When extracellular monomeric Aβ associates to the surface of cells, we speculate there are three possible outcomes: (1) it can act as a stable template to allow further Aβ aggregation; (2) the peptide can penetrate through the cell membrane depositing in the cytoplasm; or (3) the peptide may be internalized into the cell within endocytic vesicles, which would result in a reduction in the surrounding pH. In the third case, the endocytic vesicles containing Aβ can theoretically be recycled back to the cell surface or directed to the lysosome where a further reduction in pH would occur. We have previously visualized oligomeric Aβ on the surface of neuronal cell lines , and here sought to determine first whether this aggregation occurred prior to cell surface deposition in the cell culture mediaor are aggregation and cell surface binding concomitant and linked processes.Using ultracentrifugation analysis of Aβ preparations either in freshly prepared cell culture media or in conditioned media removed from cultured cells after 3 days, we did not observe any conformation larger than the monomer. These results indicate that components in our cell media or secreted factors from cultured cells are not responsible for the observed Aβ aggregation present on the surface of neuronal cells. After adding monomeric Aβ to cells, we noted a maturation time for the visual appearance of Aβ on the cell surface and in the cell interior (Figure 4; ). We postulate that the peptides on the cell surface might undergo a series of pH reductions through endocytic recycling, before becoming visible punctae on and inside the cell. Since pH 6 is approximately endocytic pH, we characterized the kinetic effects of this condition on peptide conformations. Exposing Aβ40 for up to 24 hours at pH 6, we observed an increase in the average hydrodynamic radius from 2.0 nm (Aβ400) to 183 nm (Aβ4024) (Figure 1). In addition, approximately 60% of these peptides were recovered through a 10 kDa MWCO filter and 80% were recovered through a 100 kDa MWCO filter (Figure 2), and only minor thioflavin-T binding was found (Figure 3). Following exposure of up to 24 hours at pH 6, Aβ42 had an increase in the average hydrodynamic radius from 1.7 nm (Aβ420) to 246 nm (Aβ4224) (Figure 1), approximately 55% were recovered through 10 kDa MWCO filter and only 60% were recovered through 100 nm filter (Figure 2) and more significant thioflavin-T binding was measured (Figure 3). Both Aβ40 and Aβ42 treated for 90 hours at pH 6 were observed to have large average hydrodynamic radius particles, with 40% of these samples being withheld by a 100 nm filter and both displayed significant thioflavin-T staining. Also, these early-and late-stage Aβ samples were observed to have an ensemble of Aβ conformations (Figure 1).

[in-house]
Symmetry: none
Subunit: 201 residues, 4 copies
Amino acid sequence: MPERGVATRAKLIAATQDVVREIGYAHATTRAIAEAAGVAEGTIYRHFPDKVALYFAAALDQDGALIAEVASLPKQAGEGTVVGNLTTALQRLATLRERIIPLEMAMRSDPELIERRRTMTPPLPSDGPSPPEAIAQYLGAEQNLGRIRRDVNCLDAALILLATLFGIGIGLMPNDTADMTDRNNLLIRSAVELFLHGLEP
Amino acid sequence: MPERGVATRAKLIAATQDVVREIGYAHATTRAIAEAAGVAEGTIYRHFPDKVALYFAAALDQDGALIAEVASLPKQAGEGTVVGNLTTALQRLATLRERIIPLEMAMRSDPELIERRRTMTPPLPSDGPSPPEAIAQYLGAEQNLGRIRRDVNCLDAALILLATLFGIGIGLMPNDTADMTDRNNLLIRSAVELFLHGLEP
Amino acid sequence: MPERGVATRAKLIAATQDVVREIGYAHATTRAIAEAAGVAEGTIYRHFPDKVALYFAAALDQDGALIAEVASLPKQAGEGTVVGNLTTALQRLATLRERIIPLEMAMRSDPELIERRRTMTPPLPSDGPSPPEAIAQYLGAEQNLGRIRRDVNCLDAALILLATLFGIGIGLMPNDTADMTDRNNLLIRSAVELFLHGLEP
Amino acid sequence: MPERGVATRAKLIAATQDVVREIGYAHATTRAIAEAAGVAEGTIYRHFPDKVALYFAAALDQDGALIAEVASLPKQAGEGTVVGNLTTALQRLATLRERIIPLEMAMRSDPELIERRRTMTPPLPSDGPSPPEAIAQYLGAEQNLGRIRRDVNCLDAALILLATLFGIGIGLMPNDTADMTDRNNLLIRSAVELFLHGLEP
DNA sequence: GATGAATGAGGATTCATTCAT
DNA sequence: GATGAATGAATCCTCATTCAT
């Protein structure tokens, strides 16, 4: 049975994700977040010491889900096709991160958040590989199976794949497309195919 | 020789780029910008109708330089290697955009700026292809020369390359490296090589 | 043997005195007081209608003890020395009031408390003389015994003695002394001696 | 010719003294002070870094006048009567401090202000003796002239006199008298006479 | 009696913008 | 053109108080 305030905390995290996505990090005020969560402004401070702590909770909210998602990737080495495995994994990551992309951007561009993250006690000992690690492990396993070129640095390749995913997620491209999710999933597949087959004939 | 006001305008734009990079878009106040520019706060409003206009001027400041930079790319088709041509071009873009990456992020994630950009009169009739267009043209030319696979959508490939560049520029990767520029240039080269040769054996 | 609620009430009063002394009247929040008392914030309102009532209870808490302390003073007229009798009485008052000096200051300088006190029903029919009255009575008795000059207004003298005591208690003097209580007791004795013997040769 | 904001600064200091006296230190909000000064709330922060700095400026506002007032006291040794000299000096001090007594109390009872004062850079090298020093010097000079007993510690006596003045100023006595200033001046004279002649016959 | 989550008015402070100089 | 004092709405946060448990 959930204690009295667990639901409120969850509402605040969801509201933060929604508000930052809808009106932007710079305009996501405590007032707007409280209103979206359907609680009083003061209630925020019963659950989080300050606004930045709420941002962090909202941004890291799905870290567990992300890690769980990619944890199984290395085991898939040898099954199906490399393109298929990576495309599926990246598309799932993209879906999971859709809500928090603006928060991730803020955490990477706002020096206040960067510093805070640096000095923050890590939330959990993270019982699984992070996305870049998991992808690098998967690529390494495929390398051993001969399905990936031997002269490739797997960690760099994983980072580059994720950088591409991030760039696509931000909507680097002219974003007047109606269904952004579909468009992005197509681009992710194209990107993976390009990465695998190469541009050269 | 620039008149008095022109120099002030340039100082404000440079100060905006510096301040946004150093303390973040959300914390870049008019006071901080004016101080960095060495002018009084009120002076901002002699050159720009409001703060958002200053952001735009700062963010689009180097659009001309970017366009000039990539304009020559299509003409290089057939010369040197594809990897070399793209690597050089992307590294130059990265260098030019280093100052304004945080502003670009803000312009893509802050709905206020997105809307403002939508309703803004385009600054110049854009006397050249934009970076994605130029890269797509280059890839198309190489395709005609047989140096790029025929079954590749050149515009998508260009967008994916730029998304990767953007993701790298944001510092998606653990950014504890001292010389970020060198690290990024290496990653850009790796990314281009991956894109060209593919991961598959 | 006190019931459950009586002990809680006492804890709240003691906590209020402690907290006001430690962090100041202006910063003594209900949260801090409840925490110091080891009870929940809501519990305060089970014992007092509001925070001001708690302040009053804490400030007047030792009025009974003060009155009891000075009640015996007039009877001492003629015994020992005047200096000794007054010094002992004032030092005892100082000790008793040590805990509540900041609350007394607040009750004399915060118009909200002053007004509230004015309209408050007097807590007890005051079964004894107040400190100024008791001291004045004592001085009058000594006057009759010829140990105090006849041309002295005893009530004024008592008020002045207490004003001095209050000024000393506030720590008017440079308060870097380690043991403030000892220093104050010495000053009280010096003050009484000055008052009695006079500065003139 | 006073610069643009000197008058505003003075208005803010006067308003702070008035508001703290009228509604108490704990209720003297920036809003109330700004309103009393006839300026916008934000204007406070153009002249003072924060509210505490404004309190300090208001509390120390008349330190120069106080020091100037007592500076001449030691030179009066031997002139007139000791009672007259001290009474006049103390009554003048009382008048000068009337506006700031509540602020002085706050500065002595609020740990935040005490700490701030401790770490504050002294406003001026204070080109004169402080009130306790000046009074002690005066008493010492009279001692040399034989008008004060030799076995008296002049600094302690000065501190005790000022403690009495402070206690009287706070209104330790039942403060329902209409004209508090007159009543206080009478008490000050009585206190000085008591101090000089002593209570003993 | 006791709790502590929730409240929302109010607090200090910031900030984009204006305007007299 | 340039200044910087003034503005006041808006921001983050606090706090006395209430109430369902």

The interactions of these early-and late-stage Aβ conformations were monitored with differentiated PC12 cells. Whereas late stage Aβ4090 and Aβ4290 exhibited very few interactions with cells (Figures 4, 5) and internalized at a very low frequency (Figure 6), early stage Aβ4024 and Aβ4224 interacted with cells rapidly (Figure 4) and internalized into the majority of the cells present (Figure 6). Interestingly, Aβ4024 showed a more rapid cellular association and internalization compared to Aβ400 (Figure 4). Similarly, Aβ4224 was found to internalize more rapidly than Aβ420, indicating that a specific conformation may play a role in cell binding and internalization. Furthermore, our model of endocytic Aβ toxicity (Figure 10) is in agreement with previous findings utilizing chemically-produced oligomers of Aβ which showed that Aβ fibrils were less toxic than soluble oligomers [41, 53]. Our results with Aβ90 are also in agreement with studies that have indicated that regions with large Amyloid plaques do not correlate directly with regions of significant neuronal loss [54, 55].
Many studies have reported that certain oligopeptides are freely imported into cells. For example, the peptide sequences corresponding to Tat (48–60), penetratin, and oligoarginine are known to internalize into live cells. Cellular import of Tat (48–60) and penetratin was shown to be temperature dependent, indicating the possible role of endocytosis for internalization [56, 57]. In contrast, oligoarginine containing C-terminal tryptophan was shown to follow a nonendocytic pathway, independent of energy requirements and temperature . Another type of internalization process has been studied in the bacterium Clostridium septicum, whose alpha toxin contains functional domains responsible for oligomerization and cellular pore formation. Using specific domains that bind cell surface receptors, alpha toxin monomers oligomerize to form pores in human cells and thus impose direct entry . By exposing Aβ to endosomal conditions, we were able to observe internalization of Aβ40/4224, which was inhibited at 4°C or with the endocytosis inhibitor MDC (Figure 7). Throughout the course of our confocal experiments, we did not observe any disruption of the cell membrane, which would have been expected if membrane channels or pores were being formed by Aβ. Thus, the structural conformation of Aβ that was observed to internalize into cells seems to follow a cell-mediated import mechanism.